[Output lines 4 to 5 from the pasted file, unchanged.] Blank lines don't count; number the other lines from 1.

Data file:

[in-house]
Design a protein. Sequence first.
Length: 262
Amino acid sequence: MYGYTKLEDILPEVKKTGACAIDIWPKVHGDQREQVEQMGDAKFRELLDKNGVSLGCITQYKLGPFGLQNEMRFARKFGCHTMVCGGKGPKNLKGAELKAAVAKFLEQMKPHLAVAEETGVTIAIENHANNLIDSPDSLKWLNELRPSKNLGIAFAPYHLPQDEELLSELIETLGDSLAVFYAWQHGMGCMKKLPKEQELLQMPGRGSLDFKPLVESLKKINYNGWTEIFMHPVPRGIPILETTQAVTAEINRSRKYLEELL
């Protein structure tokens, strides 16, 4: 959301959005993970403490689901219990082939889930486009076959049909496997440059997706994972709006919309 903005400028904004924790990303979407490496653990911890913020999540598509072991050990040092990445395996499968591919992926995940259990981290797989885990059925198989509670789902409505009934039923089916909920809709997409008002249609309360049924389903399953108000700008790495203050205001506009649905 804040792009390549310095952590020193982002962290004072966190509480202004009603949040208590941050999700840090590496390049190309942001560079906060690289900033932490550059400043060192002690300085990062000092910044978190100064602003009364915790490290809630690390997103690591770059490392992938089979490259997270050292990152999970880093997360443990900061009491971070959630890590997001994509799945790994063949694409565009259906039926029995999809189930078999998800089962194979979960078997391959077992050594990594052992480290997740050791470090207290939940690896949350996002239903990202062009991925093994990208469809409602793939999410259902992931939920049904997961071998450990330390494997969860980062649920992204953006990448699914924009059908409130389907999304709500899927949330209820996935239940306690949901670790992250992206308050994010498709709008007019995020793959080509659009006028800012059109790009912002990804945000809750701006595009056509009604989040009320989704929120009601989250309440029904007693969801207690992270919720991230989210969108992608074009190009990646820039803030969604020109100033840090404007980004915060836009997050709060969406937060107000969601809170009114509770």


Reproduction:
Amino acid sequence: MYGYTKLEDILPEVKKTGACAIDIWPKVHGDQREQVEQMGDAKFRELLDKNGVSLGCITQYKLGPFGLQNEMRFARKFGCHTMVCGGKGPKNLKGAELKAAVAKFLEQMKPHLAVAEETGVTIAIENHANNLIDSPDSLKWLNELRPSKNLGIAFAPYHLPQDEELLSELIETLGDSLAVFYAWQHGMGCMKKLPKEQELLQMPGRGSLDFKPLVESLKKINYNGWTEIFMHPVPRGIPILETTQAVTAEINRSRKYLEELL
């Protein structure tokens, strides 16, 4: 959301959005993970403490689901219990082939889930486009076959049909496997440059997706994972709006919309 903005400028904004924790990303979407490496653990911890913020999540598509072991050990040092990445395996499968591919992926995940259990981290797989885990059925198989509670789902409505009934039923089916909920809709997409008002249609309360049924389903399953108000700008790495203050205001506009649905 804040792009390549310095952590020193982002962290004072966190509480202004009603949040208590941050999700840090590496390049190309942001560079906060690289900033932490550059400043060192002690300085990062000092910044978190100064602003009364915790490290809630690390997103690591770059490392992938089979490259997270050292990152999970880093997360443990900061009491971070959630890590997001994509799945790994063949694409565009259906039926029995999809189930078999998800089962194979979960078997391959077992050594990594052992480290997740050791470090207290939940690896949350996002239903990202062009991925093994990208469809409602793939999410259902992931939920049904997961071998450990330390494997969860980062649920992204953006990448699914924009059908409130389907999304709500899927949330209820996935239940306690949901670790992250992206308050994010498709709008007019995020793959080509659009006028800012059109790009912002990804945000809750701006595009056509009604989040009320989704929120009601989250309440029904007693969801207690992270919720991230989210969108992608074009190009990646820039803030969604020109100033840090404007980004915060836009997050709060969406937060107000969601809170009114509770």